Some techniques to think about when you’re investing Whether investing for the first time or looking to improve your approach, a good place to start is with the people who do this for a living.
Here are four techniques the professionals follow that could help you become a successful investor.
1. Think long term
History shows that patience and commitment tend to reward investors, which is why it’s best tackled as a long-term exercise over many years. Timing the markets is something that even professionals admit is virtually impossible.
Your investments will almost certainly suffer periods where they fall in value, but they are also likely to recover if you stick it out. If you think you’re going to need the money next year for something like a wedding or holiday, then investing probably isn’t the right choice. But if you’re looking to build a nest egg for the future, it could be a great approach.
Diversification is essentially a strategy of spreading your investments across a range of assets rather
than putting all your money into a single investment. You’ve probably heard of the term – don’t put all your eggs in one basket? Many professional investors agree that a mixture of different investments is the best way to produce a balanced portfolio. Another route to diversify is by having exposure to different geographical regions around the world. The idea is that when some investments are struggling, others may be rising so you’ll get a smoother journey over the long term.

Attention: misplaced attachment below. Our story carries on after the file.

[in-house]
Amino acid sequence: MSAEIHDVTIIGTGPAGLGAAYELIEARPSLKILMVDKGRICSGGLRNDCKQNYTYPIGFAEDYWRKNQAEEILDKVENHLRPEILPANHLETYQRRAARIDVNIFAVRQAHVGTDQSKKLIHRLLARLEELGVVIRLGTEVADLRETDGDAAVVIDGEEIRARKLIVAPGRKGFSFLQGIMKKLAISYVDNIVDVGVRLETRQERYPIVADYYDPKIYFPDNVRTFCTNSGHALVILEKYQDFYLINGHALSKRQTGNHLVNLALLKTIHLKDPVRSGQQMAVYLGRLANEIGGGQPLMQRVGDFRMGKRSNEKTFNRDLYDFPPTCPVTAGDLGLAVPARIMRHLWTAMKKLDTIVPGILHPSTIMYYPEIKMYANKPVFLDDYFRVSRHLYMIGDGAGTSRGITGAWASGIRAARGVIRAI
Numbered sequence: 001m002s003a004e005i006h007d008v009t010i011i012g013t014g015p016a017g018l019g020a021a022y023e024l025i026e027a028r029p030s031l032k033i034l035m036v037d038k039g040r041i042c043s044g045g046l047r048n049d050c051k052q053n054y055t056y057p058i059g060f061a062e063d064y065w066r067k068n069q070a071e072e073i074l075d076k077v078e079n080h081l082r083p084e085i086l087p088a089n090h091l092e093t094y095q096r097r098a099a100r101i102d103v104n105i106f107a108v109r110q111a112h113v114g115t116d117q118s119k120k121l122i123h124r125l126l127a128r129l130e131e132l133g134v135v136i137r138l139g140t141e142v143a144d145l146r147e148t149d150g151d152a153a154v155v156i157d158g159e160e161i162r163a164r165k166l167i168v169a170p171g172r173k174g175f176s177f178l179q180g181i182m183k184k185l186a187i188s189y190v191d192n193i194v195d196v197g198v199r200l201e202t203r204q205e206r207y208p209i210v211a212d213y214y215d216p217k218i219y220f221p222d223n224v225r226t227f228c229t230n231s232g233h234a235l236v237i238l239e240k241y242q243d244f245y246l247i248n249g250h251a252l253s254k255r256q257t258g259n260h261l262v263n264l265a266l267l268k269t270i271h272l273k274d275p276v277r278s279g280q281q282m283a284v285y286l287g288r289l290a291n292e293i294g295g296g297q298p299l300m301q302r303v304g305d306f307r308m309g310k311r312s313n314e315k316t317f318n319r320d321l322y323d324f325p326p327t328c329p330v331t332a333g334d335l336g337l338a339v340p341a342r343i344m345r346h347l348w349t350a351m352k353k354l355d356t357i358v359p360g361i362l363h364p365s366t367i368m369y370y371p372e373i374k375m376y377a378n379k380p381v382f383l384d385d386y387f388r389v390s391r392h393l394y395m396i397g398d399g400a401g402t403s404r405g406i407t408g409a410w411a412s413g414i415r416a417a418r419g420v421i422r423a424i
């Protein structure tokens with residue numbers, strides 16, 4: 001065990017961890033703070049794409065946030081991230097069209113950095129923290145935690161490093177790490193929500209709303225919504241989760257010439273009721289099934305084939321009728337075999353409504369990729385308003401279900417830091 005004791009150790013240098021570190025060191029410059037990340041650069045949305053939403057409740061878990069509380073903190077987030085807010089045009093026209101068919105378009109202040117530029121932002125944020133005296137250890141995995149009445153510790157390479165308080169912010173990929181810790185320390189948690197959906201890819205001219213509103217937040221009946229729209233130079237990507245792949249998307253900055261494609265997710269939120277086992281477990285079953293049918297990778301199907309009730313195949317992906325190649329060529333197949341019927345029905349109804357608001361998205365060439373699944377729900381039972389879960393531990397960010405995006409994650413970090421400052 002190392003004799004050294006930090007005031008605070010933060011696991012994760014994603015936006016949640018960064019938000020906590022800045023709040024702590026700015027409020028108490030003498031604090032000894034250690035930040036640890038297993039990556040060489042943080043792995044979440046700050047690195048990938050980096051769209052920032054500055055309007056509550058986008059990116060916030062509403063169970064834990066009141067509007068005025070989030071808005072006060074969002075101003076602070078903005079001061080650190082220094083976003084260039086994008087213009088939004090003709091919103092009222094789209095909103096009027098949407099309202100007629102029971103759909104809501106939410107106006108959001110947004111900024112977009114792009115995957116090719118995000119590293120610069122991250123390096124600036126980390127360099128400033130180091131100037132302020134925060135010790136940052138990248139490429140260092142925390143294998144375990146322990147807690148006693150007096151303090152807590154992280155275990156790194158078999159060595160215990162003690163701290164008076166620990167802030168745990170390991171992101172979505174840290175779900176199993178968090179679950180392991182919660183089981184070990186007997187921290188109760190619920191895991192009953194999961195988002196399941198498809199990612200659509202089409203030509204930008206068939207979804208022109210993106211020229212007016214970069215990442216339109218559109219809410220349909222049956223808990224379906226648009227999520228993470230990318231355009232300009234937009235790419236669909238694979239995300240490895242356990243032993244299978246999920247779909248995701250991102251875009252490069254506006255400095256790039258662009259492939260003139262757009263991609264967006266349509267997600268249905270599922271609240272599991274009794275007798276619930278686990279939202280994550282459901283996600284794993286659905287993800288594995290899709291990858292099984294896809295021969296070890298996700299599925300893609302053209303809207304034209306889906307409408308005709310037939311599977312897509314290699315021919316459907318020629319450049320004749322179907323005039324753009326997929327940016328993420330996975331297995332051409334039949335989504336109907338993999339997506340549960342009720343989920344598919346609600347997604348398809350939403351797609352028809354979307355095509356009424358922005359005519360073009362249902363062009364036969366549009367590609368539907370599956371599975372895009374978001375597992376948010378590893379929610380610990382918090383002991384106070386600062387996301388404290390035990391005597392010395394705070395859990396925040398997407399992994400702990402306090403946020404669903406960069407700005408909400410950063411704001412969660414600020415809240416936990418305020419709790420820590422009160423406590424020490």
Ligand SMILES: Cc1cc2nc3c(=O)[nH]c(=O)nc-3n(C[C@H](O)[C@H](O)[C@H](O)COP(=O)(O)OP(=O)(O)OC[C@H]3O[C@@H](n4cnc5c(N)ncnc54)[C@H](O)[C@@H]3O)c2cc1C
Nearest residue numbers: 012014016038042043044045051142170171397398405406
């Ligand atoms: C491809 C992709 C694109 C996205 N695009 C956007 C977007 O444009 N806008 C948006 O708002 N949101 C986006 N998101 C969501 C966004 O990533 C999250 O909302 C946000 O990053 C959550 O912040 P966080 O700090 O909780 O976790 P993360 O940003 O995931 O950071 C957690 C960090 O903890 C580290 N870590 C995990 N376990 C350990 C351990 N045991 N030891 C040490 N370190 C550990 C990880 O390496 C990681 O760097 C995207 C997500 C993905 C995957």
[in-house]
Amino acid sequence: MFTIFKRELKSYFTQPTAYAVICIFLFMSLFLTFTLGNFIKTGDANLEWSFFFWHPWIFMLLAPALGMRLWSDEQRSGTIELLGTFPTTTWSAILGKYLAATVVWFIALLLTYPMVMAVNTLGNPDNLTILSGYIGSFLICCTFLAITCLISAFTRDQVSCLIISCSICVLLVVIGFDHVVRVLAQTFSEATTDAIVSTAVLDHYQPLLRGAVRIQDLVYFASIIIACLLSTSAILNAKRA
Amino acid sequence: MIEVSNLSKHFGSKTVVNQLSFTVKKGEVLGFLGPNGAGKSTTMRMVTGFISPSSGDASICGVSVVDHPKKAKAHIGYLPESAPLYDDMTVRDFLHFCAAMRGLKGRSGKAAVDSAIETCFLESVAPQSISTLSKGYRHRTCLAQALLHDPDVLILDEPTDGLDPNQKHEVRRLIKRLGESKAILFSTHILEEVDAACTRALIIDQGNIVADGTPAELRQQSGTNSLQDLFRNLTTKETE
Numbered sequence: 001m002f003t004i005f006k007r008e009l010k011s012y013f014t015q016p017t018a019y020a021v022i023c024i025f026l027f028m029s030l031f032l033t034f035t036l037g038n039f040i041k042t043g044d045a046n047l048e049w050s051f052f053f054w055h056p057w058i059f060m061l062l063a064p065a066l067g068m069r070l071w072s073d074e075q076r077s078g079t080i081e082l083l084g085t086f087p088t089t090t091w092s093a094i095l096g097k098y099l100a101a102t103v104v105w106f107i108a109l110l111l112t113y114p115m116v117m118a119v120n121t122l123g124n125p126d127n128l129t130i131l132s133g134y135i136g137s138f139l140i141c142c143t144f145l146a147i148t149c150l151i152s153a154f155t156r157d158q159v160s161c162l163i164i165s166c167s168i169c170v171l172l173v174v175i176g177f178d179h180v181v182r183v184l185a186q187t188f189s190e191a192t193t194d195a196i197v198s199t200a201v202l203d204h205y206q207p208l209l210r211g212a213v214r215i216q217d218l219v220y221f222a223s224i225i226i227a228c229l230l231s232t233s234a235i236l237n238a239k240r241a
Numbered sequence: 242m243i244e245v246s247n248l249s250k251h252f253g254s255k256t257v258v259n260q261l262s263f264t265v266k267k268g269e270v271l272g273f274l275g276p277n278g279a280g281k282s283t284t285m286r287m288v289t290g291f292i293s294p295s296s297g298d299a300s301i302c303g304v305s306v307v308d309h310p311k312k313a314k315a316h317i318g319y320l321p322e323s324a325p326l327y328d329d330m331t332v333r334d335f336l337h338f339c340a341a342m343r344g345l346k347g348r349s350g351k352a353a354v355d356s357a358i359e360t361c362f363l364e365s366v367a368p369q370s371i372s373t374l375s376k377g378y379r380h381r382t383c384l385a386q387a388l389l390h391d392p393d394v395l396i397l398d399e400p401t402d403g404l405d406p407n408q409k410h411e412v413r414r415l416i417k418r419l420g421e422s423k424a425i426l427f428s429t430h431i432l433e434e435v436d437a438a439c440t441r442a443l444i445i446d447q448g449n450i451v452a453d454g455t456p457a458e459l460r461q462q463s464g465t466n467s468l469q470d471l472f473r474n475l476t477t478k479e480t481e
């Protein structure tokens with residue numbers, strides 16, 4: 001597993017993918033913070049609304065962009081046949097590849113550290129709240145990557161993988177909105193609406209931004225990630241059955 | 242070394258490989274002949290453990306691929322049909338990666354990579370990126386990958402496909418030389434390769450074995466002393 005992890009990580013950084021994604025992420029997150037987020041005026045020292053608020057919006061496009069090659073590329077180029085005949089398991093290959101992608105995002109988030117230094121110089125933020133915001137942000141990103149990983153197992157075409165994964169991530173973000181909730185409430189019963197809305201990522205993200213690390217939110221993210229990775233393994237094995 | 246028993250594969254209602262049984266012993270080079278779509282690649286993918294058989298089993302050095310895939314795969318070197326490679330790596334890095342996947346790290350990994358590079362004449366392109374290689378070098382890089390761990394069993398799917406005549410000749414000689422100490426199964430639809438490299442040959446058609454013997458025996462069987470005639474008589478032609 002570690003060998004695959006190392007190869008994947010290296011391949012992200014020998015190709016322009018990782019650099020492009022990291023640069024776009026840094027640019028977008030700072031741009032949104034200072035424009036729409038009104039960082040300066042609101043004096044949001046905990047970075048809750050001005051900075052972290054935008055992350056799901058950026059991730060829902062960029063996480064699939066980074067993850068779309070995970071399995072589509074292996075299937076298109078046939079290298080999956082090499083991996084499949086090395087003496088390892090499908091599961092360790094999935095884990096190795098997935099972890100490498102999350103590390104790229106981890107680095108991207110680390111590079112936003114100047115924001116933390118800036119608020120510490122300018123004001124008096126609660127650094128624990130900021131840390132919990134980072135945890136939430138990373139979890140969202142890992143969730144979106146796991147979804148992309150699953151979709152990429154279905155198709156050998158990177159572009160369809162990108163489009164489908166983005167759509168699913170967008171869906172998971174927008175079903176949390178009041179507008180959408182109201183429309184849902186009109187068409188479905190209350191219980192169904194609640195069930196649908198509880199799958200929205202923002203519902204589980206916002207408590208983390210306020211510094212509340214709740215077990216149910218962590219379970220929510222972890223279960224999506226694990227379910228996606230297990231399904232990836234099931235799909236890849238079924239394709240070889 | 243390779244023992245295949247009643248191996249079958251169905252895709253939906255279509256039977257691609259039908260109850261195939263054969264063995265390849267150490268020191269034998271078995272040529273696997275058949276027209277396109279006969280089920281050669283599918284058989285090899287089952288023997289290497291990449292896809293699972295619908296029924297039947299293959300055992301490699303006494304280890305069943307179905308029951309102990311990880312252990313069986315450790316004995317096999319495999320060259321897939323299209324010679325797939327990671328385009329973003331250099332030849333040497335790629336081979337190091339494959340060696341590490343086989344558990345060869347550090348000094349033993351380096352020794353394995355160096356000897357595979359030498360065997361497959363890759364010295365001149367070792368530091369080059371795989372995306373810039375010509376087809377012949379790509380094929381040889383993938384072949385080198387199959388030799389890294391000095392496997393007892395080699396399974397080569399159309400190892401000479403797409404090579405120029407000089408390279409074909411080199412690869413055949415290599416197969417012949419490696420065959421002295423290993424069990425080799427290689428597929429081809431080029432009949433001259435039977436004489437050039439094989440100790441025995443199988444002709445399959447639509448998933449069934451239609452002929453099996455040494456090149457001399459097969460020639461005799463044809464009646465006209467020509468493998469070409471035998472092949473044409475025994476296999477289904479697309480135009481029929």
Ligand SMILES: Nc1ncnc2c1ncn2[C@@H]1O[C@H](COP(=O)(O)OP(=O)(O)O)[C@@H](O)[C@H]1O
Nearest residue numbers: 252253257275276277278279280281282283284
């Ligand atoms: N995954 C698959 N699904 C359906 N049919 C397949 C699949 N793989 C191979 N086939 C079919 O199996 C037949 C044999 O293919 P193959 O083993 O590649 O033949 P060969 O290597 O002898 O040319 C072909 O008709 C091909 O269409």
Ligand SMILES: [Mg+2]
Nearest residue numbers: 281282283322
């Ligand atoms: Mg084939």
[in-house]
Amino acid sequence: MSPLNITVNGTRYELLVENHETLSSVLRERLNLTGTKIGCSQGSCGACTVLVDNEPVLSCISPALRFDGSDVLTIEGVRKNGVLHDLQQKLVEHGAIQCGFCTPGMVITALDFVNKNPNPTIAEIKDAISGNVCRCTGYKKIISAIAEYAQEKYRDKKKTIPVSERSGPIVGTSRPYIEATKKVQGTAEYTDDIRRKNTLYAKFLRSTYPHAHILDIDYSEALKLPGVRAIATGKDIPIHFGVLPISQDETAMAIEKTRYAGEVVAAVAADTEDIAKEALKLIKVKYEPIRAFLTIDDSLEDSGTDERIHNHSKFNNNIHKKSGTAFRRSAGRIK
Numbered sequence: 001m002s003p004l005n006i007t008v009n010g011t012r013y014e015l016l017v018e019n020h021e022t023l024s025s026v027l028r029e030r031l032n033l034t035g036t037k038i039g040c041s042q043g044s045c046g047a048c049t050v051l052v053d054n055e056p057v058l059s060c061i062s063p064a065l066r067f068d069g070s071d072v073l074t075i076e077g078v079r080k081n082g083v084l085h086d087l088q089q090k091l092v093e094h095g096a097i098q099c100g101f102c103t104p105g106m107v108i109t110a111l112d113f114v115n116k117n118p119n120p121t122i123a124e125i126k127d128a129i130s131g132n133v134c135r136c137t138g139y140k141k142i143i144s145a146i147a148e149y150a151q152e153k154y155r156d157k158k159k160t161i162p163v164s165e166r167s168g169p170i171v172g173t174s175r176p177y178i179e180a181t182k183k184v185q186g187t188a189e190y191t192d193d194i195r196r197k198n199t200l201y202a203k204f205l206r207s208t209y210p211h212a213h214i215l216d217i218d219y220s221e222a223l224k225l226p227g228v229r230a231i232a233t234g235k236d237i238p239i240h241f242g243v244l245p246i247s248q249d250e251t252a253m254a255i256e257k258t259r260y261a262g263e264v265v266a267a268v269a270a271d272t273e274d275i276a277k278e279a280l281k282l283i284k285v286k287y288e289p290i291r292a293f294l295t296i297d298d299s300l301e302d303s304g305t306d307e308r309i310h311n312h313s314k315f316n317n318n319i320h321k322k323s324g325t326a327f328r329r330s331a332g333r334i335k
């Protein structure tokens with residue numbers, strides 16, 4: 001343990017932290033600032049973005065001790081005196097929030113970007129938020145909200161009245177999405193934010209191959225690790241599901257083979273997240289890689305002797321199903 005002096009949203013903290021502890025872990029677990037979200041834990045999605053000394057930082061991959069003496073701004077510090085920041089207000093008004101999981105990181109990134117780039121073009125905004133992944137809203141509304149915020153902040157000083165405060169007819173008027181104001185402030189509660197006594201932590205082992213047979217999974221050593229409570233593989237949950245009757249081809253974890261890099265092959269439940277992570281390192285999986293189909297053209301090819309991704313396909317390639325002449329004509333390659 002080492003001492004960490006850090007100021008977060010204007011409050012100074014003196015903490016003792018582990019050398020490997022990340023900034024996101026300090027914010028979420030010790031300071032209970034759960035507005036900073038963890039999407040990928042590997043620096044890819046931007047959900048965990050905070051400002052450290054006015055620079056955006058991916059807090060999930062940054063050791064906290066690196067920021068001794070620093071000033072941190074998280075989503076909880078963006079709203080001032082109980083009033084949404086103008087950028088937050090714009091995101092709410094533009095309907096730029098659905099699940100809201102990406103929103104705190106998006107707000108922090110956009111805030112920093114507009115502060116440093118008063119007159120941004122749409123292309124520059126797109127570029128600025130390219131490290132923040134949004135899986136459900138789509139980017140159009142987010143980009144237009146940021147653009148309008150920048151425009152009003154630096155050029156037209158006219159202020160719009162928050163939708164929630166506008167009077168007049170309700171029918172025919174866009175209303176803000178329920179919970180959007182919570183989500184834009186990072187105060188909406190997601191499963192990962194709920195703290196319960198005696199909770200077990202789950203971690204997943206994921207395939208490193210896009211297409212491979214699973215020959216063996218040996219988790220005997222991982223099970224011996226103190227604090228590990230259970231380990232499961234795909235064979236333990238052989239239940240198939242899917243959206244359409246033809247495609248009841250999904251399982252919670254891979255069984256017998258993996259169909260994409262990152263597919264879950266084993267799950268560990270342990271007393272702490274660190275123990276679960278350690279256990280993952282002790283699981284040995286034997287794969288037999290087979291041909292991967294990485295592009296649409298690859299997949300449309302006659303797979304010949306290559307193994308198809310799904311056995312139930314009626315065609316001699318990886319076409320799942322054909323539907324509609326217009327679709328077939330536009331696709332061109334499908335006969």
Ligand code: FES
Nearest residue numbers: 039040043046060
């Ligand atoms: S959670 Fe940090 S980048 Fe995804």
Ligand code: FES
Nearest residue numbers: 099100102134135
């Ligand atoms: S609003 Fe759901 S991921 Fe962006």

3. Invest regularly
Investing at regular intervals is referred to as ‘pound cost averaging’, which means investing small amounts of money regularly. It helps you become a little less emotional in your approach because you’re investing no matter what state the market is in. It’s also a way to avoid being indecisive if you’re attempting to time the market. For example, if you suddenly have £1,000 from a bonus or generous relative, instead of investing it all, make a plan to split it into four £250 investments at monthly intervals. This way, your money is less vulnerable to the ups and downs of the market.
4. Consider risk
There’s always some risk when you’re investing, as you might get back less than you invested. Risk is a personal issue for you, and it can be tricky to work out how much risk you’re willing and able to accept and what that means for the types of investments that are best for you. It’s a good idea not to check your investment too often even though it can be very tempting. A financial adviser can help here and may suggest you start by investing a small amount and see what happens.
“Timing the markets is something that even professionals admit is virtually impossible.”
Volatility is a feature of investing and markets have bad months, quarters and years. But the evidence still supports the argument that exposure to the markets can be an effective way to build wealth over time. Speak to your adviser and conduct some research to see which approach is right for you.
The value of investments and any income from them can fall as well as rise and you may not get back the original amount invested.
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